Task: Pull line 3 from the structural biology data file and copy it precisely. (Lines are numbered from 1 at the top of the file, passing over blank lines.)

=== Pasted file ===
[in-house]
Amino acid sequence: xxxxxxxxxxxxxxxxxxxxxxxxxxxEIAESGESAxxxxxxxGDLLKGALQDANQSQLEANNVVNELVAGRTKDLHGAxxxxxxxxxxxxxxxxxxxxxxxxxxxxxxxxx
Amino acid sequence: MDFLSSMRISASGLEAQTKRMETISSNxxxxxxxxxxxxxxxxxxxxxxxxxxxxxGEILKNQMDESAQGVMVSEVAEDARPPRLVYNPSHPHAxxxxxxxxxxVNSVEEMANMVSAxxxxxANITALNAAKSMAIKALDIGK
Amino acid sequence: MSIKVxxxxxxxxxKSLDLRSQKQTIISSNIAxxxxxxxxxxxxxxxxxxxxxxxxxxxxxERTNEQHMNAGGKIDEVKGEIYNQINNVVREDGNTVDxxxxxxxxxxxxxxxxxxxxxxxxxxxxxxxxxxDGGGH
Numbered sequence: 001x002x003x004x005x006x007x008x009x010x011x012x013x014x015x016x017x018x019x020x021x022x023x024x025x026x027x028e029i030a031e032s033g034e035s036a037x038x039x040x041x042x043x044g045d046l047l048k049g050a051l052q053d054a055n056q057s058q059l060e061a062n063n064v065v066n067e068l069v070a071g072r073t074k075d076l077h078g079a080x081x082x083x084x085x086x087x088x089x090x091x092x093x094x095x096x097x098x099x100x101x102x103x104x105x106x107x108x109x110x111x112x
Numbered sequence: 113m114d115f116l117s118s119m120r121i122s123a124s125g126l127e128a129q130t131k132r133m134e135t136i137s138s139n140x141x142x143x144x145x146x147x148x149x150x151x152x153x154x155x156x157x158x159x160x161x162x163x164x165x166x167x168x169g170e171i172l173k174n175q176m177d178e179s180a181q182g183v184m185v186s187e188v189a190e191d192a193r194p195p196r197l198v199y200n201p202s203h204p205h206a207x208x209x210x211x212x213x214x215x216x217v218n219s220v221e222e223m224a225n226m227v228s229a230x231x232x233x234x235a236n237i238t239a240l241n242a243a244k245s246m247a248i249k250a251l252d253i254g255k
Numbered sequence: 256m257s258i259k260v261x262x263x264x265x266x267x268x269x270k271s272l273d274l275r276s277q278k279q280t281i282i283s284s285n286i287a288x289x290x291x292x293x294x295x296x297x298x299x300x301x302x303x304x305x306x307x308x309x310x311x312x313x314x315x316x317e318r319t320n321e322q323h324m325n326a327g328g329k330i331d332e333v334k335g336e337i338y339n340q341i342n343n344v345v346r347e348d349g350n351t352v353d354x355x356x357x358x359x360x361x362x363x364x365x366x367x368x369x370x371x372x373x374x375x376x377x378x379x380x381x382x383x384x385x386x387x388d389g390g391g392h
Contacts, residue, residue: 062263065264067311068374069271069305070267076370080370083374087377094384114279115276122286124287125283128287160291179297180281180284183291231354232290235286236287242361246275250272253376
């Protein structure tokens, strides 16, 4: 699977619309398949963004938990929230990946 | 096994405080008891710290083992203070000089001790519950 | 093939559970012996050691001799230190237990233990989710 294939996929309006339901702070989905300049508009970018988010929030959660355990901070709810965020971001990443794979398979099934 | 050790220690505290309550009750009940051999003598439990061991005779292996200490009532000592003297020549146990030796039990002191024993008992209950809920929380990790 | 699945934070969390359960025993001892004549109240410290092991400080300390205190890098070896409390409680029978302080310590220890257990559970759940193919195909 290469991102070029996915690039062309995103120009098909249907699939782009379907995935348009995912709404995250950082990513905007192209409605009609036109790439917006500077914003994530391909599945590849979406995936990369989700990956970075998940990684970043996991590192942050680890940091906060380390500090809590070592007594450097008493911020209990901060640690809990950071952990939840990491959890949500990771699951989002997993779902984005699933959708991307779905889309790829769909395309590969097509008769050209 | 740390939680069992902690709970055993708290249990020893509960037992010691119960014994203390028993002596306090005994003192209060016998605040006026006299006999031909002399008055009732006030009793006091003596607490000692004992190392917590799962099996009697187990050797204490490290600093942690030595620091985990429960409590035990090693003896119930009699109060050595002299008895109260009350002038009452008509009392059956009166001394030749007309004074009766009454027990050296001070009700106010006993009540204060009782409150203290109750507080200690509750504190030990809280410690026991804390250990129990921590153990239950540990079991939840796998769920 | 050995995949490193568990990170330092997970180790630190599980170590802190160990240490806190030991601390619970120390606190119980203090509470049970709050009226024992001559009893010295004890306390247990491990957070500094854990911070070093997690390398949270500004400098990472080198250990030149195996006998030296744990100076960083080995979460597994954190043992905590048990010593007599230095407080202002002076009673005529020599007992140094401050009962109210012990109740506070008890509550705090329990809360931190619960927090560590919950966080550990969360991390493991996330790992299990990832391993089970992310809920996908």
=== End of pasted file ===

Amino acid sequence: MDFLSSMRISASGLEAQTKRMETISSNxxxxxxxxxxxxxxxxxxxxxxxxxxxxxGEILKNQMDESAQGVMVSEVAEDARPPRLVYNPSHPHAxxxxxxxxxxVNSVEEMANMVSAxxxxxANITALNAAKSMAIKALDIGK